Classification is inevitable. It’s a widespread human tendency and a bedrock of scientific study. From rocks to stars to the stinkbug buzzing against my window, from parts of speech to diseases to the fundamental forces of nature, if an object or phenomenon can be described, it will be grouped with others like it and distinguished from those that differ.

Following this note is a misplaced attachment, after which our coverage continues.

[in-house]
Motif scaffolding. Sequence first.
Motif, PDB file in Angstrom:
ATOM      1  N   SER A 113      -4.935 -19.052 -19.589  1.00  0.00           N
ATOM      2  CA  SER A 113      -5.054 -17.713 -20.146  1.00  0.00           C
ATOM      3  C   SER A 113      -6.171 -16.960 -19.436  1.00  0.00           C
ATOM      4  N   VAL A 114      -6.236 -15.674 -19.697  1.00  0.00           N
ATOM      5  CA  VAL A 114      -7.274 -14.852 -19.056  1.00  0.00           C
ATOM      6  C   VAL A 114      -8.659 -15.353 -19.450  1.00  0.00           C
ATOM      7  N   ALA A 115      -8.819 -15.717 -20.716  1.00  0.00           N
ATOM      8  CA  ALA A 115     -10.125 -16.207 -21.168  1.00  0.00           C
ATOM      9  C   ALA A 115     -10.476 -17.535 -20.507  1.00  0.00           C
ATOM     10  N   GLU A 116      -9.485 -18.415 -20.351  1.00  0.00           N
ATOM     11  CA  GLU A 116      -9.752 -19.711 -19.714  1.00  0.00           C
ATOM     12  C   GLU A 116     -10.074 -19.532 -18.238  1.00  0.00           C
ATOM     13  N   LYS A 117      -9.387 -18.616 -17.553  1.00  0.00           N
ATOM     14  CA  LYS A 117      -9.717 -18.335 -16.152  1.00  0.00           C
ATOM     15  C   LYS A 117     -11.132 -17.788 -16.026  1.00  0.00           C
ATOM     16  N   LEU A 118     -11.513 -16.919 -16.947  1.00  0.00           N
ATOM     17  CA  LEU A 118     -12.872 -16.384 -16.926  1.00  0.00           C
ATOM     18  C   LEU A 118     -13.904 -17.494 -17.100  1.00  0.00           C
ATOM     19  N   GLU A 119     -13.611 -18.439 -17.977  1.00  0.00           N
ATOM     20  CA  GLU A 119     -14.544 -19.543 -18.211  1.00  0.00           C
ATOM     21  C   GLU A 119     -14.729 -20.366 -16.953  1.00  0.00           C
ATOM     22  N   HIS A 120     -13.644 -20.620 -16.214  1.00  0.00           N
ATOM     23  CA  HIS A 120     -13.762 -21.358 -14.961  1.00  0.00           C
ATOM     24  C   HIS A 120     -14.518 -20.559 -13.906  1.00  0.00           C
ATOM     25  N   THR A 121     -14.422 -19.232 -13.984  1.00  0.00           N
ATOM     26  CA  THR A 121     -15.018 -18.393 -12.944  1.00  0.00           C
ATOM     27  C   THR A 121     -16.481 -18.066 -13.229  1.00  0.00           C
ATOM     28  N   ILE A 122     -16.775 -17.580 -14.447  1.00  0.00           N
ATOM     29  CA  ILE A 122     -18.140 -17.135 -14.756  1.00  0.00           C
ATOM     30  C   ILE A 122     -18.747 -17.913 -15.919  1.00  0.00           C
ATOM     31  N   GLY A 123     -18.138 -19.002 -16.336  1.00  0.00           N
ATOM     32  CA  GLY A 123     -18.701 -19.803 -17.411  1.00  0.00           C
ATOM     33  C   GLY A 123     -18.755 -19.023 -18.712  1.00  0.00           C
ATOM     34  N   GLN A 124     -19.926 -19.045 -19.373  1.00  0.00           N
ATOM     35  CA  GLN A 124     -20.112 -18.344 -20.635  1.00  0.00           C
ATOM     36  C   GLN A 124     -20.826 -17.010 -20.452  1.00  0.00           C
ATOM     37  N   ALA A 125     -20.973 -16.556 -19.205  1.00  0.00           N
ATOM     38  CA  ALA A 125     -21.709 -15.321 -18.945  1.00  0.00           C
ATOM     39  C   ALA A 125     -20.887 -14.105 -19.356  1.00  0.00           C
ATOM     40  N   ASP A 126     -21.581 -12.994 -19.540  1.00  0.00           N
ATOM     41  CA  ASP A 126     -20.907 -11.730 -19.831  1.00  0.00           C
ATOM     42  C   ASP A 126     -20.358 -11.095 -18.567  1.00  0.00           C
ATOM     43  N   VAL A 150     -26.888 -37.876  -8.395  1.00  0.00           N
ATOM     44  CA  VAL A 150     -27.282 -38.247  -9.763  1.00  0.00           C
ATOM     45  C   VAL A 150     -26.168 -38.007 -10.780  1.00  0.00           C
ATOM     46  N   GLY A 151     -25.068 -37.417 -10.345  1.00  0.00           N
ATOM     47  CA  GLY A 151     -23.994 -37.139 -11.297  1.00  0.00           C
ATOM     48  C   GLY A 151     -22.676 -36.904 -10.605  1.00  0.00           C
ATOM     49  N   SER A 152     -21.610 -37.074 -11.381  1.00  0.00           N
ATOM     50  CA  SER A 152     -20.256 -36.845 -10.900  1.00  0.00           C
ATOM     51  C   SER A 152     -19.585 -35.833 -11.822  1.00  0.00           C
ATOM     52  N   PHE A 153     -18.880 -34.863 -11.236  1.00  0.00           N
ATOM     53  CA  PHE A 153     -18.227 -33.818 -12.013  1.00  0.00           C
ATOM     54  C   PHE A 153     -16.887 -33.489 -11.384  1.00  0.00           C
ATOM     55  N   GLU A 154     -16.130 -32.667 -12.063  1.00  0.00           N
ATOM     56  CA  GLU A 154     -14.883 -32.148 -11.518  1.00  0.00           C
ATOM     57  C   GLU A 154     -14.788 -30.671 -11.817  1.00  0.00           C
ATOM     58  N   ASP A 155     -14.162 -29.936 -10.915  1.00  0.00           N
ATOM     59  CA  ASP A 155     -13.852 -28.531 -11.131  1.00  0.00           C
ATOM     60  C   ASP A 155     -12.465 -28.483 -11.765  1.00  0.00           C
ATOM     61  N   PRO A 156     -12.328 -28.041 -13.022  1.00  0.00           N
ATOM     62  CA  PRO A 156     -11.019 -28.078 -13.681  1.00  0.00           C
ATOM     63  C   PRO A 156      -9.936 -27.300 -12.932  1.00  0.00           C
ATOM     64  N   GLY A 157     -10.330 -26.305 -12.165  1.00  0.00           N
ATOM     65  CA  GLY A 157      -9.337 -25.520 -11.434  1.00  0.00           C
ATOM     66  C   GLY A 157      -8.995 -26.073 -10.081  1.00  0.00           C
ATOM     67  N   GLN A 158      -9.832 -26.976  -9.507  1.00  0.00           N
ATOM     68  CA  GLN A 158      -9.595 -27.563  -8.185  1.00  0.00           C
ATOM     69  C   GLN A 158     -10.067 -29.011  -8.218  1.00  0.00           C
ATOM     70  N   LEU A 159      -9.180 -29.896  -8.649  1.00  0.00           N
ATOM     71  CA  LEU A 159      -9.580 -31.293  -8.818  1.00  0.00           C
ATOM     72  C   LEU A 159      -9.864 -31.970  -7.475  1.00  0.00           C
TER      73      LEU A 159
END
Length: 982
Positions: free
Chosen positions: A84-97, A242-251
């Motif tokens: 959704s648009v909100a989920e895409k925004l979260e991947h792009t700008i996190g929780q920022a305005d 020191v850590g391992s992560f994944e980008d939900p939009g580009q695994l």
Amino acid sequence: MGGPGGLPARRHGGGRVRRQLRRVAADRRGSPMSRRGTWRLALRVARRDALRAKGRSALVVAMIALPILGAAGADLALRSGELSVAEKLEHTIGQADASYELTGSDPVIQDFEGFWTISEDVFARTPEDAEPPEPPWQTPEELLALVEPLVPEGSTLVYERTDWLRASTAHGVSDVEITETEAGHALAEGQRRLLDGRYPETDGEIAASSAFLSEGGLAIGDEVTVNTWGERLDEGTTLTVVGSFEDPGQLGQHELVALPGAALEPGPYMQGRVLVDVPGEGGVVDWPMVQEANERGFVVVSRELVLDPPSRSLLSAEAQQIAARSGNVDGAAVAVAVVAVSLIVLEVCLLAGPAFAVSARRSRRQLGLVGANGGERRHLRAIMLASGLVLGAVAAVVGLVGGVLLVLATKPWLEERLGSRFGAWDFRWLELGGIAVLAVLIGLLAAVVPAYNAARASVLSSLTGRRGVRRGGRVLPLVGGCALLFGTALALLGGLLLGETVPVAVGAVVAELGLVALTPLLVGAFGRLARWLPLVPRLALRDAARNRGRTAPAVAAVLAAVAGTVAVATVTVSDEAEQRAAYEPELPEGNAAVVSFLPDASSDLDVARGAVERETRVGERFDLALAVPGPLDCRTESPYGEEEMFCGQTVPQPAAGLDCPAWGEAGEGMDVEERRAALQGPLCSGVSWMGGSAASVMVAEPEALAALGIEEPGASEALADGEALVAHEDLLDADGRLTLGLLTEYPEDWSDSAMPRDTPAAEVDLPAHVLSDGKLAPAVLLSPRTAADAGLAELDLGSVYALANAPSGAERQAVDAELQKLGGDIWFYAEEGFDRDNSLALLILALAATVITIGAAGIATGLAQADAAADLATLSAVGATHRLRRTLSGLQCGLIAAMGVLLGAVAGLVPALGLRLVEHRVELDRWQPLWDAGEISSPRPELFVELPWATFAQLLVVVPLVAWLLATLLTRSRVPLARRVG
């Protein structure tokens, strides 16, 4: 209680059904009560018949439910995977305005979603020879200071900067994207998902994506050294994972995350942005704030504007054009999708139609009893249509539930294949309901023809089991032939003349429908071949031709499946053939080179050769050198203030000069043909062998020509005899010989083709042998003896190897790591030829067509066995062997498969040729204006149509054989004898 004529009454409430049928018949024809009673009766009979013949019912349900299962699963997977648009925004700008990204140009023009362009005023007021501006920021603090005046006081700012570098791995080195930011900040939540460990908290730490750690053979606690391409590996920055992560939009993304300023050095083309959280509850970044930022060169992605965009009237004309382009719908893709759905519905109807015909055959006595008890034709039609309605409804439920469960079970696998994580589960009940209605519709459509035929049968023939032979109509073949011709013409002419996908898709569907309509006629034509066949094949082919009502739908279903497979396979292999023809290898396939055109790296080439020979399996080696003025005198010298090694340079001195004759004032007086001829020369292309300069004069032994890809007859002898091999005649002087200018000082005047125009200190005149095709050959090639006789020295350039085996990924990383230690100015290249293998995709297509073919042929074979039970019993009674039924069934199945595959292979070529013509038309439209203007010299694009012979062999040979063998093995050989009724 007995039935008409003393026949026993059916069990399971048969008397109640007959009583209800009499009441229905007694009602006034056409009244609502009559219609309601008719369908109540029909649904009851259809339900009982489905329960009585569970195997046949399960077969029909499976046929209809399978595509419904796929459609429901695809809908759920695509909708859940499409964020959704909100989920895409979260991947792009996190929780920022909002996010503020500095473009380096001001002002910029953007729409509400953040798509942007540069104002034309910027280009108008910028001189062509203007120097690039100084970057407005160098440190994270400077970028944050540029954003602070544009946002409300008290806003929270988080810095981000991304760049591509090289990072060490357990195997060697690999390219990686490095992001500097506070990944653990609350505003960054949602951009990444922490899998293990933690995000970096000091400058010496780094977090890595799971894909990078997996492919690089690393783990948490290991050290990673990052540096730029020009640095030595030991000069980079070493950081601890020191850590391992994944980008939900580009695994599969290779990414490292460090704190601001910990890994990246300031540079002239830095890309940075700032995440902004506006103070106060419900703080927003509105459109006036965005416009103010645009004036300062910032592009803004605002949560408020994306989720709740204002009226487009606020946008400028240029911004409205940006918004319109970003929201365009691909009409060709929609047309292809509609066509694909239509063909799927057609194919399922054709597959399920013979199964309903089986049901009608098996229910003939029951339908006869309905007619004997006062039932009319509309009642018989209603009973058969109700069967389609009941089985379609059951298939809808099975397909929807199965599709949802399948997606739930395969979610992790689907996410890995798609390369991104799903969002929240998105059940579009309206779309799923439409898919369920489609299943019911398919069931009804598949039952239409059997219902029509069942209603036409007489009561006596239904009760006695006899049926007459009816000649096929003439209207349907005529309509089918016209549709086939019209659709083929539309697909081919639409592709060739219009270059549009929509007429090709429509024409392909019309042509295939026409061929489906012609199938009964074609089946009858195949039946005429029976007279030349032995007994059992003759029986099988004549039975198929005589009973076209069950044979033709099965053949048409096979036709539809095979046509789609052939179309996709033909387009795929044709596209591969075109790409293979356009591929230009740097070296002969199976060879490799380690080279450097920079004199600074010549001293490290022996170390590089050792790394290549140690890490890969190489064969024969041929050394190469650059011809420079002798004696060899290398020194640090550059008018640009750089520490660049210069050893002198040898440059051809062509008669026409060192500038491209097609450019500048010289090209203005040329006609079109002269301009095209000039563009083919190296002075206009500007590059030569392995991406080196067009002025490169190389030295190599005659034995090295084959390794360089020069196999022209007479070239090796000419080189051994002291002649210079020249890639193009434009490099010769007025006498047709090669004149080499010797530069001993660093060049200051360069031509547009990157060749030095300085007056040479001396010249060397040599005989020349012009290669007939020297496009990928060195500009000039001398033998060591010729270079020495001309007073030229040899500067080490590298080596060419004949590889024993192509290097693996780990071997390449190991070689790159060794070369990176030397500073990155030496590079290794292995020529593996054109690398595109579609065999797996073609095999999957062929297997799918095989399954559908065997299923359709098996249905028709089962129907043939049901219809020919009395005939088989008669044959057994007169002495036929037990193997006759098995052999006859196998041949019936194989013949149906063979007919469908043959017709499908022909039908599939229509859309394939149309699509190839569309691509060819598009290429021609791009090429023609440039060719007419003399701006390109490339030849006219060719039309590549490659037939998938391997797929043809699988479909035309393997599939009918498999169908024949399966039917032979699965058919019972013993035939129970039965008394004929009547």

One of the best-known scientific classifiers was, of course, Carl Linnaeus, the father of taxonomy. In his Systema Naturae, published in the 18th century, Linnaeus attempted to develop a scheme that could reveal the divine order in creation. Though he was not the first to label organisms by species and genus, Linnaeus consistently used binomial nomenclature and grouped genera into higher taxa according to shared features. Scientists still use some of the basics of this system